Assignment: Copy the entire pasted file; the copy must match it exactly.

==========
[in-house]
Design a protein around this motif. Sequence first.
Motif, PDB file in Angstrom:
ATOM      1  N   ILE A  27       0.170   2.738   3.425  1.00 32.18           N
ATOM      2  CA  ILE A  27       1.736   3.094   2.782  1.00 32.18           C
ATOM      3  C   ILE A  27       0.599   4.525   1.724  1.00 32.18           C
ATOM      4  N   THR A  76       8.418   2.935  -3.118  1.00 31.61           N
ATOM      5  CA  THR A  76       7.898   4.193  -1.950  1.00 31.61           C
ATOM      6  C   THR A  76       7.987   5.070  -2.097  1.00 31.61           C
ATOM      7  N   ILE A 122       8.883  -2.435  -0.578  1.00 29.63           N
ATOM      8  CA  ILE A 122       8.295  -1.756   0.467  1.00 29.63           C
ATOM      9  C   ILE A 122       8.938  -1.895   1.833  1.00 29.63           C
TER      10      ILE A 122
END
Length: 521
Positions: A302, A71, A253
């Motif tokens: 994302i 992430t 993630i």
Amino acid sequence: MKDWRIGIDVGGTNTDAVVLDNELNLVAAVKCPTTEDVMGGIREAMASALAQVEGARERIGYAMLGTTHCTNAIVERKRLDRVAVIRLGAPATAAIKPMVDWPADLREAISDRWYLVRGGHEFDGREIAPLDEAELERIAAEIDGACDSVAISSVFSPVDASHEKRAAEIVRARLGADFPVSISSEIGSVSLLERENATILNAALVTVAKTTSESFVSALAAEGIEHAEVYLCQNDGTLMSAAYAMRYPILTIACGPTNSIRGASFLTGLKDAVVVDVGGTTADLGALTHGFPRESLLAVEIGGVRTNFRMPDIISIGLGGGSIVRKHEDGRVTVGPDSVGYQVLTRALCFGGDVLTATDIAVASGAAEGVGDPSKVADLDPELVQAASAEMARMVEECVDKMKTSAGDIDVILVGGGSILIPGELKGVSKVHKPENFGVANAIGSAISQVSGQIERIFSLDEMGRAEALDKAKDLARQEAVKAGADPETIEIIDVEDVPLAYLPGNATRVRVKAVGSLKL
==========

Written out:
[in-house]
Design a protein around this motif. Sequence first.
Motif, PDB file in Angstrom:
ATOM      1  N   ILE A  27       0.170   2.738   3.425  1.00 32.18           N
ATOM      2  CA  ILE A  27       1.736   3.094   2.782  1.00 32.18           C
ATOM      3  C   ILE A  27       0.599   4.525   1.724  1.00 32.18           C
ATOM      4  N   THR A  76       8.418   2.935  -3.118  1.00 31.61           N
ATOM      5  CA  THR A  76       7.898   4.193  -1.950  1.00 31.61           C
ATOM      6  C   THR A  76       7.987   5.070  -2.097  1.00 31.61           C
ATOM      7  N   ILE A 122       8.883  -2.435  -0.578  1.00 29.63           N
ATOM      8  CA  ILE A 122       8.295  -1.756   0.467  1.00 29.63           C
ATOM      9  C   ILE A 122       8.938  -1.895   1.833  1.00 29.63           C
TER      10      ILE A 122
END
Length: 521
Positions: A302, A71, A253
């Motif tokens: 994302i 992430t 993630i």
Amino acid sequence: MKDWRIGIDVGGTNTDAVVLDNELNLVAAVKCPTTEDVMGGIREAMASALAQVEGARERIGYAMLGTTHCTNAIVERKRLDRVAVIRLGAPATAAIKPMVDWPADLREAISDRWYLVRGGHEFDGREIAPLDEAELERIAAEIDGACDSVAISSVFSPVDASHEKRAAEIVRARLGADFPVSISSEIGSVSLLERENATILNAALVTVAKTTSESFVSALAAEGIEHAEVYLCQNDGTLMSAAYAMRYPILTIACGPTNSIRGASFLTGLKDAVVVDVGGTTADLGALTHGFPRESLLAVEIGGVRTNFRMPDIISIGLGGGSIVRKHEDGRVTVGPDSVGYQVLTRALCFGGDVLTATDIAVASGAAEGVGDPSKVADLDPELVQAASAEMARMVEECVDKMKTSAGDIDVILVGGGSILIPGELKGVSKVHKPENFGVANAIGSAISQVSGQIERIFSLDEMGRAEALDKAKDLARQEAVKAGADPETIEIIDVEDVPLAYLPGNATRVRVKAVGSLKL